Fourth-Year Medical Student
University of Ottawa
I chose the Humanities and Biology program at Carleton University because, coming out of high school, I couldn’t decide if I wanted to pursue the liberal arts or sciences. I saw the Hums and Bio program as the opportunity to do both. As a bonus, I would have the opportunity to read primary religious texts with expert guidance, which is something I had always wanted to do.
The Humanities program took me on a journey through the development of thought, from prehistoric art and ancient philosophy to modern day political conceptions of the good. I complemented the big questions about life with the science of how life works. It was an incredible experience to move between biology and chemistry classes with concrete answers to discussion groups on philosophy and ethics. People would often comment on how different my two majors were, but those of us in the program knew how similar and complementary they were. After all, everyone has a neck connecting his or her mind and body.
The Humanities and Biology program was a perfect segue into medical school. Every day in medicine I am confronted with issues that the Hums and Bio program prepared me for. When I assess a patient with type-2 diabetes, I know the pathophysiology of the disease from my biology training. But my critical thinking skills and understanding of different worldviews allow me to connect better with people in a way that goes beyond physiology. This is especially true for those from marginalized populations who often struggle to gain acceptance from the wider public.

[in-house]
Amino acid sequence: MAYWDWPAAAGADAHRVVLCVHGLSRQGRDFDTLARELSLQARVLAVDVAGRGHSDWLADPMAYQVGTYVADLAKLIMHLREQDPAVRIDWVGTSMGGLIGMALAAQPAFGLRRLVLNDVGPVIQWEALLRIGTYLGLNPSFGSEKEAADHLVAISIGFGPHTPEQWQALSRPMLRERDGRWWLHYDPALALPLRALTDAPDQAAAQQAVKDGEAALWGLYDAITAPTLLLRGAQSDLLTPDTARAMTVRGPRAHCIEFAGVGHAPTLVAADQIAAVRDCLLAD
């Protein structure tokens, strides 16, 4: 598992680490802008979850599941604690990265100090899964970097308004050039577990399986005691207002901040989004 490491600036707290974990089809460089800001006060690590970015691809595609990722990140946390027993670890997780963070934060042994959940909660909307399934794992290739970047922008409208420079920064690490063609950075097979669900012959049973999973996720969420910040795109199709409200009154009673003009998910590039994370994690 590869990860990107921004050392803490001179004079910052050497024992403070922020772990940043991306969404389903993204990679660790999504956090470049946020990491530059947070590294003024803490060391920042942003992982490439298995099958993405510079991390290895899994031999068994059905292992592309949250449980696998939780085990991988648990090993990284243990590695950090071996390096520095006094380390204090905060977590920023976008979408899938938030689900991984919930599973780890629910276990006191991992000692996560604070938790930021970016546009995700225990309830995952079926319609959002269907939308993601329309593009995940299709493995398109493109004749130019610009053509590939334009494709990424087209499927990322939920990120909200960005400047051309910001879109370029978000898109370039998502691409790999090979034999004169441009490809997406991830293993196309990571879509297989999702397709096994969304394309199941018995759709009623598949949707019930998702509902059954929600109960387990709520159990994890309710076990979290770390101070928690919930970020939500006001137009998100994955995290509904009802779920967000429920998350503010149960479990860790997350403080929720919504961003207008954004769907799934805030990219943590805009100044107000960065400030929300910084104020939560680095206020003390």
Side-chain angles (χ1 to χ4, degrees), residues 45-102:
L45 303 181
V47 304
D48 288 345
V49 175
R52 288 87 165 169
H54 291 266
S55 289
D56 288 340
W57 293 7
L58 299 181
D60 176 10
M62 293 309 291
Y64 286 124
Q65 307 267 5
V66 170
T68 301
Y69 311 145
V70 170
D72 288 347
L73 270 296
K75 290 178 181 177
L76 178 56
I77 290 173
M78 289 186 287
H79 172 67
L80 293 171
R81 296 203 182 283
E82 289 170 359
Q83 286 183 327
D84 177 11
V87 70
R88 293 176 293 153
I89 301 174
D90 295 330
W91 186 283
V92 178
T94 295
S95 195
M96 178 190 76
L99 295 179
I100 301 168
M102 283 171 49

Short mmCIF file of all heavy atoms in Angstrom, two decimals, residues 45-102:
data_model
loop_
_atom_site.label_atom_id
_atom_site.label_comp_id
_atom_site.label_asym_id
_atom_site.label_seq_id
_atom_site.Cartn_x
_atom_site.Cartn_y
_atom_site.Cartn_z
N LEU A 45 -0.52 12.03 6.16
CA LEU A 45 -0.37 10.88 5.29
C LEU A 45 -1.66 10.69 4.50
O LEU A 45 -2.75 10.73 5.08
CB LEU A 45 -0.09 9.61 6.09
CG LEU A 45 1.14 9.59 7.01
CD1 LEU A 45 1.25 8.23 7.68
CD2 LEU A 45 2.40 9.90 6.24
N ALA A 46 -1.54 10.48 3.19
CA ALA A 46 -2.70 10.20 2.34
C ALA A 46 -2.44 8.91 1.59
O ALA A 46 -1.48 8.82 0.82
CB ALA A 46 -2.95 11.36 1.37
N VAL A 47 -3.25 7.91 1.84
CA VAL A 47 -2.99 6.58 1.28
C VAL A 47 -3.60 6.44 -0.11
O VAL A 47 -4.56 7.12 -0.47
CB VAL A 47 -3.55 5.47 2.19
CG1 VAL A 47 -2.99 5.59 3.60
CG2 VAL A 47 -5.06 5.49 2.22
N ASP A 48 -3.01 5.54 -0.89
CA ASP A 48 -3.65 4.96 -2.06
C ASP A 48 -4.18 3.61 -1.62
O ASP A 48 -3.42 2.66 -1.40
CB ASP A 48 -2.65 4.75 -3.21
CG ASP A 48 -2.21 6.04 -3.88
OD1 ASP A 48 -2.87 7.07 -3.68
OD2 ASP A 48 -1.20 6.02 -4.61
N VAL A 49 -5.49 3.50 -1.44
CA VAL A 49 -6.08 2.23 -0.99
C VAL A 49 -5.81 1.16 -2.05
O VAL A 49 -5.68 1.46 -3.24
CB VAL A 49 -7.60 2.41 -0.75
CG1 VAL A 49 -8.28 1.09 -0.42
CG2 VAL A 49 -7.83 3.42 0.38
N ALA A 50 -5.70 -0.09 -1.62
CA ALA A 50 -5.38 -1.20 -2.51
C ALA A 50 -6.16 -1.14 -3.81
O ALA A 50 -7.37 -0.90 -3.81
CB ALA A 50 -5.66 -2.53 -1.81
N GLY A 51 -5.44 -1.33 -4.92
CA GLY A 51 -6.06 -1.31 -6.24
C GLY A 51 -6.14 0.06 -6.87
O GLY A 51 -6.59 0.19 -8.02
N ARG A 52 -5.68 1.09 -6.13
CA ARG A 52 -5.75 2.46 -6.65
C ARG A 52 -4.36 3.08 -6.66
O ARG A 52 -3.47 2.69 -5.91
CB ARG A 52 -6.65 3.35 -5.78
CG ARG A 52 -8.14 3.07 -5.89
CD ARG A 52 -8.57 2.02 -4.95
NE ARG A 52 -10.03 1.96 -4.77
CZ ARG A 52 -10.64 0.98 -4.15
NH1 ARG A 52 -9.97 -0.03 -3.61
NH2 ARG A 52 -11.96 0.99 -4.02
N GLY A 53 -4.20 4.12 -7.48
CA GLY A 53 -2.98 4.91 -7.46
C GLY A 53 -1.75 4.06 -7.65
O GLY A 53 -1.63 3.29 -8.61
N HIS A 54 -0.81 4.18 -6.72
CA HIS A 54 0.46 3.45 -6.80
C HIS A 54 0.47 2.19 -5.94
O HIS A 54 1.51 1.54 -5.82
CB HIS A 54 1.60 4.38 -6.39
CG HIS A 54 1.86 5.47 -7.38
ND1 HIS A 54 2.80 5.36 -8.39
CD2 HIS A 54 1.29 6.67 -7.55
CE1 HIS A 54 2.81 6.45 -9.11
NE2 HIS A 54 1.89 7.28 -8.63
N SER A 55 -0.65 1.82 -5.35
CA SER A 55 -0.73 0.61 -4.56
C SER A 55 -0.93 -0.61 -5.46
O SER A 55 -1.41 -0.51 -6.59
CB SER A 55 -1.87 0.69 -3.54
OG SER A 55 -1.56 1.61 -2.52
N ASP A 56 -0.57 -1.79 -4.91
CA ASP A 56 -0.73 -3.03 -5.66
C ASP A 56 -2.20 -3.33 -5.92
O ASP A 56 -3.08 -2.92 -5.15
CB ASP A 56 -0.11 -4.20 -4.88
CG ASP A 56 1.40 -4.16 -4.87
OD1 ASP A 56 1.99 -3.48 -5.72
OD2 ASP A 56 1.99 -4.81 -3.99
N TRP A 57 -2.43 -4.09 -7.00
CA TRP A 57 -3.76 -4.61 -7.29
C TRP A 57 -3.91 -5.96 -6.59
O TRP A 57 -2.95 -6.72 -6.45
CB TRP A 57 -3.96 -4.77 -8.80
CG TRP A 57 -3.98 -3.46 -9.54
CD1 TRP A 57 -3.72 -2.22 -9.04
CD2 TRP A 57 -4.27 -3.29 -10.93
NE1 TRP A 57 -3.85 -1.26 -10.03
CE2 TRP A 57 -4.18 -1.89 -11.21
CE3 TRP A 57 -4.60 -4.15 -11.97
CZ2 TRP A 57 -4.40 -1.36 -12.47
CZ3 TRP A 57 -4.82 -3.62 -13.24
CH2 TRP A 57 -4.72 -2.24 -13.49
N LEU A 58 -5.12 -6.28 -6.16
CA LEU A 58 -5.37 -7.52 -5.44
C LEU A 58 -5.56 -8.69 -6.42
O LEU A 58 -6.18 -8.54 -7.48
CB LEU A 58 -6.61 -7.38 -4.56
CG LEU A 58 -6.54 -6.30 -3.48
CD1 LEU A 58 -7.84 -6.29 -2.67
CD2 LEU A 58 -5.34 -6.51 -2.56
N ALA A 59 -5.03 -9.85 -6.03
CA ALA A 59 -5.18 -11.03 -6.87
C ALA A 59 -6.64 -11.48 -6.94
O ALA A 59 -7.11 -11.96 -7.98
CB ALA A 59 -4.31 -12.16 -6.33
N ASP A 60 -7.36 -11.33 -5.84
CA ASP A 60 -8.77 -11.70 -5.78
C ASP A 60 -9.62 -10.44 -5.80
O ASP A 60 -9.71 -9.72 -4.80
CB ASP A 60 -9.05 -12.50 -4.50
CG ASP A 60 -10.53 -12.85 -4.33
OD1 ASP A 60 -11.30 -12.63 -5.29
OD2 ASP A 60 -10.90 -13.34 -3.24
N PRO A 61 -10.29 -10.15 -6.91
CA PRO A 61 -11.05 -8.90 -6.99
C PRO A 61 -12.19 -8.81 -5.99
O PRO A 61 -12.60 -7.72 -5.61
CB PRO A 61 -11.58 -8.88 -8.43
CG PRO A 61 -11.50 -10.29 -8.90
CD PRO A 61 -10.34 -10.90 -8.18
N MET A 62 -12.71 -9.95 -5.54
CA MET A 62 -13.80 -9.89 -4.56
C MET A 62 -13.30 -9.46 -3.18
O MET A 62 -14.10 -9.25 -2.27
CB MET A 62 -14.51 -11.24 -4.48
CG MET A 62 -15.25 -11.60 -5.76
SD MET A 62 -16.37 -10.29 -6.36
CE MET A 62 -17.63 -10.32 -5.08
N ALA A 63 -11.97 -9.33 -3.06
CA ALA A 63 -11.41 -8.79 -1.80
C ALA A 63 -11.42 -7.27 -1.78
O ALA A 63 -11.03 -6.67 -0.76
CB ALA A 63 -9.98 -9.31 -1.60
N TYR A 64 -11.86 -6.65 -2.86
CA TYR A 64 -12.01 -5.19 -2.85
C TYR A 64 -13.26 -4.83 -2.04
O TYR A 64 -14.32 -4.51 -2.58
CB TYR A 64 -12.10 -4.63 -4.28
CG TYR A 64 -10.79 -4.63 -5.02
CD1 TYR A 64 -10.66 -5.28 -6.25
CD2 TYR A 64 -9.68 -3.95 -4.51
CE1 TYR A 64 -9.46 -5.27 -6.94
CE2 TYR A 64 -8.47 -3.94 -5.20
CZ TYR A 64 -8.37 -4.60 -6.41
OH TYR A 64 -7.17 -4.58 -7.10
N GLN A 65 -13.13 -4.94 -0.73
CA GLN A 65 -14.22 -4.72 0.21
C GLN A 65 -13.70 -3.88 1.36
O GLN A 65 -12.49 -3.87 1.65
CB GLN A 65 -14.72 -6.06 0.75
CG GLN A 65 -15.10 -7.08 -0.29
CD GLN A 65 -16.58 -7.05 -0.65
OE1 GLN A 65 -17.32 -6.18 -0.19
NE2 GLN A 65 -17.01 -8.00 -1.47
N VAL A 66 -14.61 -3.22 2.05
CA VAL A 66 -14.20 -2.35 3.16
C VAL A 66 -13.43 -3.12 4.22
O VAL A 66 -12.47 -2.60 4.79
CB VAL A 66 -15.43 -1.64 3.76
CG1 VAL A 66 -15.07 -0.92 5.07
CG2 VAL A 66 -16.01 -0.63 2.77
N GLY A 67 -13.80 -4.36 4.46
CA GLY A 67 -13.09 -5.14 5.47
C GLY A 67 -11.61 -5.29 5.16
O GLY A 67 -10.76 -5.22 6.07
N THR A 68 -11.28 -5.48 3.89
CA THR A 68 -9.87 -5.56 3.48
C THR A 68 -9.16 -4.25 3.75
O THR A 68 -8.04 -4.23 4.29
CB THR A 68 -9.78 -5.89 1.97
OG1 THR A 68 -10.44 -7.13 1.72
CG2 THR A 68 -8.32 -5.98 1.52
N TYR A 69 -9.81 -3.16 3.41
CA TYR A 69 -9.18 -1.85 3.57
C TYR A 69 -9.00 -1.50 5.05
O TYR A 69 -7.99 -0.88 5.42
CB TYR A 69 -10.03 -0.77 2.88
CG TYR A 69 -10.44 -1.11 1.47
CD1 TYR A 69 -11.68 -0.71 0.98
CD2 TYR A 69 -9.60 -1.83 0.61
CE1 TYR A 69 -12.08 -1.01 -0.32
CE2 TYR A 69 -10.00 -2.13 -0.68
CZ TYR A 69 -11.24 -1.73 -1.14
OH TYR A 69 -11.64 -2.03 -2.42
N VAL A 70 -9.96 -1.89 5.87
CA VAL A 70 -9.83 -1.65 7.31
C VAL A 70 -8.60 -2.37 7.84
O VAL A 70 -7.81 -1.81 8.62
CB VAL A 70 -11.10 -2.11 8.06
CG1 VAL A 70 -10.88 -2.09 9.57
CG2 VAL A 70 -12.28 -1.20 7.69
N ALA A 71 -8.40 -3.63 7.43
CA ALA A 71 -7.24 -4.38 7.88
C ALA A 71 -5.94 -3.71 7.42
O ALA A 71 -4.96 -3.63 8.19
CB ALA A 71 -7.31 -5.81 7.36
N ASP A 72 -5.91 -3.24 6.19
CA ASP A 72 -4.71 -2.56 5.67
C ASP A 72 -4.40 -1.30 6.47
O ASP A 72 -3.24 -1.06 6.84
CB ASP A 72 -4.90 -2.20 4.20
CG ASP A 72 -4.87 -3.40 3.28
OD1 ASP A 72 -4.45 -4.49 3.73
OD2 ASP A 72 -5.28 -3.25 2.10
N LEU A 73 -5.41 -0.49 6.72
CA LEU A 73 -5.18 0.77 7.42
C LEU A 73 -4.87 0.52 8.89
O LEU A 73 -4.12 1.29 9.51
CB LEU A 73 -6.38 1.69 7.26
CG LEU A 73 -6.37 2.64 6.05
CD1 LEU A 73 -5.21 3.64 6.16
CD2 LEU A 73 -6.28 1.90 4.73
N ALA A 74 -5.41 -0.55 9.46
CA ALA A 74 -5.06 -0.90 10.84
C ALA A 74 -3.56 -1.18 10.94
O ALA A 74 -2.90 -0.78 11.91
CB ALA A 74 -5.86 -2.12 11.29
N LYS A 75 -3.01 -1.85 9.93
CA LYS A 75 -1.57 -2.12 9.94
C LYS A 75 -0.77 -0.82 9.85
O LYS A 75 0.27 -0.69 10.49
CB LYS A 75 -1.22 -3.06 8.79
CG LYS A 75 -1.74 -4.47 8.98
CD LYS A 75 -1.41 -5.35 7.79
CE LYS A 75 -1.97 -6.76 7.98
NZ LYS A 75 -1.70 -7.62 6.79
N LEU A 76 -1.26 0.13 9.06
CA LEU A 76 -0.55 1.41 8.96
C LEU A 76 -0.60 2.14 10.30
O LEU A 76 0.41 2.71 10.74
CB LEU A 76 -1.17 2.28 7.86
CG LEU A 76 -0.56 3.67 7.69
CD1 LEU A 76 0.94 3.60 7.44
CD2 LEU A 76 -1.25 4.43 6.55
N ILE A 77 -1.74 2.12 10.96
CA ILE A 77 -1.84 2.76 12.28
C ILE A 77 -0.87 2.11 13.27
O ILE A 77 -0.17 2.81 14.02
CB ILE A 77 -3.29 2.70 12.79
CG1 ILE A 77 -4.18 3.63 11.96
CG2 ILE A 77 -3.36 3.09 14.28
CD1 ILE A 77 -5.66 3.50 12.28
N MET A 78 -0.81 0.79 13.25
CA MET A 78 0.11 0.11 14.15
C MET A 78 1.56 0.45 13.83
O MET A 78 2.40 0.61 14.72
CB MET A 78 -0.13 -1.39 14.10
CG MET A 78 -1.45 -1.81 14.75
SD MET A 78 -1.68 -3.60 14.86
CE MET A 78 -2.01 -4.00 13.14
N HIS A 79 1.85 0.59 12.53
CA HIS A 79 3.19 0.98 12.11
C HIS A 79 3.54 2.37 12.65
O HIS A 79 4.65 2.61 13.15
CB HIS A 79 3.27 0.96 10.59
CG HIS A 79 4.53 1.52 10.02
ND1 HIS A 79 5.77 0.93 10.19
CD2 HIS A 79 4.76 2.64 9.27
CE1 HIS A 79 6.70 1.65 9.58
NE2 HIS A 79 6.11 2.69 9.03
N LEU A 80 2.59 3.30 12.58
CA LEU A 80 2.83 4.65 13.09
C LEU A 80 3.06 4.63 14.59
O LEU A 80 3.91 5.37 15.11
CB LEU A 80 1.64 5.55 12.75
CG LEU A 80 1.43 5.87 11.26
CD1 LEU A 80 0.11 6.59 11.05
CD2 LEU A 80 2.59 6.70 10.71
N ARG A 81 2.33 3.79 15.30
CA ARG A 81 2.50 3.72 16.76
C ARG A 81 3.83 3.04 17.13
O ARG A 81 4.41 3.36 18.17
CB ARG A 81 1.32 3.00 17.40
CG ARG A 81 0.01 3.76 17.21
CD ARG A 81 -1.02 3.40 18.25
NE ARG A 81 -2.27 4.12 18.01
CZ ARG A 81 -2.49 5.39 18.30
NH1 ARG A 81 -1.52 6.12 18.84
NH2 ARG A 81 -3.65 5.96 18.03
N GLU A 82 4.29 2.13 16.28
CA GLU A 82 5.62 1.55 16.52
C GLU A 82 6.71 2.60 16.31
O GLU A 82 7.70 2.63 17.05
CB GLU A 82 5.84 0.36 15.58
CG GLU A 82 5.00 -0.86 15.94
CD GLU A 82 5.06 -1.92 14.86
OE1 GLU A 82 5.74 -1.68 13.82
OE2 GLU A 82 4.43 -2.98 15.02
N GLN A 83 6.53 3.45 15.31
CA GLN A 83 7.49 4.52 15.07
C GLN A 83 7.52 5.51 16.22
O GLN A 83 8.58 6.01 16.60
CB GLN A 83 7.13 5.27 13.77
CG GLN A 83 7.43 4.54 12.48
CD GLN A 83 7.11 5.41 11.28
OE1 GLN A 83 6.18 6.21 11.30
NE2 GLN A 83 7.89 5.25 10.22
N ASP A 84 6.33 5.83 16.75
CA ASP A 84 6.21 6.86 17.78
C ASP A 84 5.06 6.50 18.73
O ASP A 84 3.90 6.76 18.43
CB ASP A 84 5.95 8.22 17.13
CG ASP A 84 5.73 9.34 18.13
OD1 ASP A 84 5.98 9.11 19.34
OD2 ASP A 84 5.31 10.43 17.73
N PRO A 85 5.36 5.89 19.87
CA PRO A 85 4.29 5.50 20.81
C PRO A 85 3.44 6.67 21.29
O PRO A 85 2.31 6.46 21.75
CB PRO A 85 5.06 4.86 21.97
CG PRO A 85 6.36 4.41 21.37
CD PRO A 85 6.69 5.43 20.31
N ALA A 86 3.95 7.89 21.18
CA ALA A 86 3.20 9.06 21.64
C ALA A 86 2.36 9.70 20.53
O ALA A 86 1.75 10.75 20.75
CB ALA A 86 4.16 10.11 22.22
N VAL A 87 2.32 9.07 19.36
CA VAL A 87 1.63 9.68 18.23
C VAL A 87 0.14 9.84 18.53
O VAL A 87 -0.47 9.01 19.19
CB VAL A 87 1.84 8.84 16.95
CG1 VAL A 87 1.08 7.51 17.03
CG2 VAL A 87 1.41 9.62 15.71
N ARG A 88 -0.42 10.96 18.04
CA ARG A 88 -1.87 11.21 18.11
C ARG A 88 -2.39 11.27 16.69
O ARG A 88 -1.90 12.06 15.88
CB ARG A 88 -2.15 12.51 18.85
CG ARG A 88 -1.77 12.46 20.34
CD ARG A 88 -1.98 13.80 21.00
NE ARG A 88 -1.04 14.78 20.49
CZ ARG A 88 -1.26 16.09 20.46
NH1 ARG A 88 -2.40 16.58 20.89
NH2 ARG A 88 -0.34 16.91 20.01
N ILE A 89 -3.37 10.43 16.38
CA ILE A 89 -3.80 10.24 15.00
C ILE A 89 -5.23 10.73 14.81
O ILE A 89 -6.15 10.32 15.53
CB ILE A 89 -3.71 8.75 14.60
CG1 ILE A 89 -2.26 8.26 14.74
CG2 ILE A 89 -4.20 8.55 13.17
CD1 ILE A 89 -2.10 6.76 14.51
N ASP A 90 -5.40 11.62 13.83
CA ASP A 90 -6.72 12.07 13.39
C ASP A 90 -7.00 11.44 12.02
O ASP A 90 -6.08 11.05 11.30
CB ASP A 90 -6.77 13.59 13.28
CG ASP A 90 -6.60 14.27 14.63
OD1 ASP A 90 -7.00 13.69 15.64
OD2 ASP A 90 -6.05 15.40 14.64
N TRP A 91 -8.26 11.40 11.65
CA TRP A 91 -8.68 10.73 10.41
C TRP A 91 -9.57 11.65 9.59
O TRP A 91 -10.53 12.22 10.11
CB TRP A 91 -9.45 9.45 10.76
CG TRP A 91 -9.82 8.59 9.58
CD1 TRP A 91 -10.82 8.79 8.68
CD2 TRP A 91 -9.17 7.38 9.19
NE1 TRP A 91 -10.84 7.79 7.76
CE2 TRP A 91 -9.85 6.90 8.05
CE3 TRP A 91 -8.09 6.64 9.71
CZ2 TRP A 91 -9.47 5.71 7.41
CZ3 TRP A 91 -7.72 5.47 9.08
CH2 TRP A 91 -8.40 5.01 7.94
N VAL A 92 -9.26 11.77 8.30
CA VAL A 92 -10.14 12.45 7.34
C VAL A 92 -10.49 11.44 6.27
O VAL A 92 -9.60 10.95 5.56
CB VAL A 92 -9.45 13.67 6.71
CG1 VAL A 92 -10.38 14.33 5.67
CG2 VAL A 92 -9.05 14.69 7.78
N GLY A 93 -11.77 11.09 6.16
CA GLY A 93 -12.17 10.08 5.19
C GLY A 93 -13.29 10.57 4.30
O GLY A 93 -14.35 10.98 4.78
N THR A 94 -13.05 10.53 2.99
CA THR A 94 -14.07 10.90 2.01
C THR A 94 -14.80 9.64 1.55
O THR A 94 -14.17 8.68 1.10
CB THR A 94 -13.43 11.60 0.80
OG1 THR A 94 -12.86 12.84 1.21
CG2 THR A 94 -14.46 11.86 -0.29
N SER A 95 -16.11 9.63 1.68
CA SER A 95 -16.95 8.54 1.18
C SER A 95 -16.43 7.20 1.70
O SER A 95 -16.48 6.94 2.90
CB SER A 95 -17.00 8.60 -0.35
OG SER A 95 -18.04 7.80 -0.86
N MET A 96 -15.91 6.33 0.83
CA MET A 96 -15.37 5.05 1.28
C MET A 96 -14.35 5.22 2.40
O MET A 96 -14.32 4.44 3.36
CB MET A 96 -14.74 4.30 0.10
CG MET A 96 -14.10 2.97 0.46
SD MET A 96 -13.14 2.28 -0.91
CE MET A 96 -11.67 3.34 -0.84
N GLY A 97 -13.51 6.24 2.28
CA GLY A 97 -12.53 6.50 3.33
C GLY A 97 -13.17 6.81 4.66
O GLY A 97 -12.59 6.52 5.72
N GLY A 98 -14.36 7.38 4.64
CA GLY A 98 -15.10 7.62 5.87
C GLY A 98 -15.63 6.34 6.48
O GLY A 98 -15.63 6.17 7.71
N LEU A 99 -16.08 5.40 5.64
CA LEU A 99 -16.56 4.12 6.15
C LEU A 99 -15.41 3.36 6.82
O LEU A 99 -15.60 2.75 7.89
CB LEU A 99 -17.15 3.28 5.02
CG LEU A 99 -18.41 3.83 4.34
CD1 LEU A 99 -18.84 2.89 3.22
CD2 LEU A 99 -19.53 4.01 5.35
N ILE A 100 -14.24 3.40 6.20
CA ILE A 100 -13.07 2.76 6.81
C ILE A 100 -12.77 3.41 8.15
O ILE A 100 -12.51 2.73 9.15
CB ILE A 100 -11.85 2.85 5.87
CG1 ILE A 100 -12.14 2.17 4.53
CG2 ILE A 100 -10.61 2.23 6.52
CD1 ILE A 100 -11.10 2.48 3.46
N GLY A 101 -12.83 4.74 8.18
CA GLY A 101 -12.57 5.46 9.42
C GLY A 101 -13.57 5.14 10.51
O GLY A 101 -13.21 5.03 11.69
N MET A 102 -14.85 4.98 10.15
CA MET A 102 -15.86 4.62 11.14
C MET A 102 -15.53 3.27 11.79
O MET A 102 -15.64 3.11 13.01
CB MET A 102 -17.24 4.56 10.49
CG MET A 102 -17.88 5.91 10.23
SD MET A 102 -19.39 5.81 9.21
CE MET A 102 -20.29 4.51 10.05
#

One area I have focused on in medical school is the health of newcomers, especially refugees. In my first year of medical school I was confronted not only with the complicated medical issues that result from their migration trajectory, but also the social and cultural issues that influence their health and well-being.
In order to help better address some of these barriers faced by such individuals, a colleague and I set up a community service-learning program. In this program, medical students are matched with a newly arrived refugee family and follow them in a longitudinal manner. Students act as health brokers, assisting with the “how-to” on pharmacies, labs and imaging, as well as taking them grocery shopping, providing information on healthy eating and adaptive cooking and much more.
Through the program we work closely with community partner organizations to prevent the isolation and subsequent health deterioration of newly-arrived refugee families in Canada, while also providing relevant cultural competency training to medical students interested in learning how to practice medicine within a global context.
It was my Humanities training that gave me the skills to develop a holistic approach to these issues and insight into precisely why health equity and active citizenship are so important.
“The practice of medicine is an art, not a trade; a calling, not a business; a calling in which your heart will be exercised equally with your head. Often the best part of your work will have nothing to do with potions and powders, but with the exercise of an influence of the strong upon the weak, of the righteous upon the wicked, of the wise upon the foolish.” – William Osler
Rebecca Warmington is a fourth-year medical student at the University of Ottawa.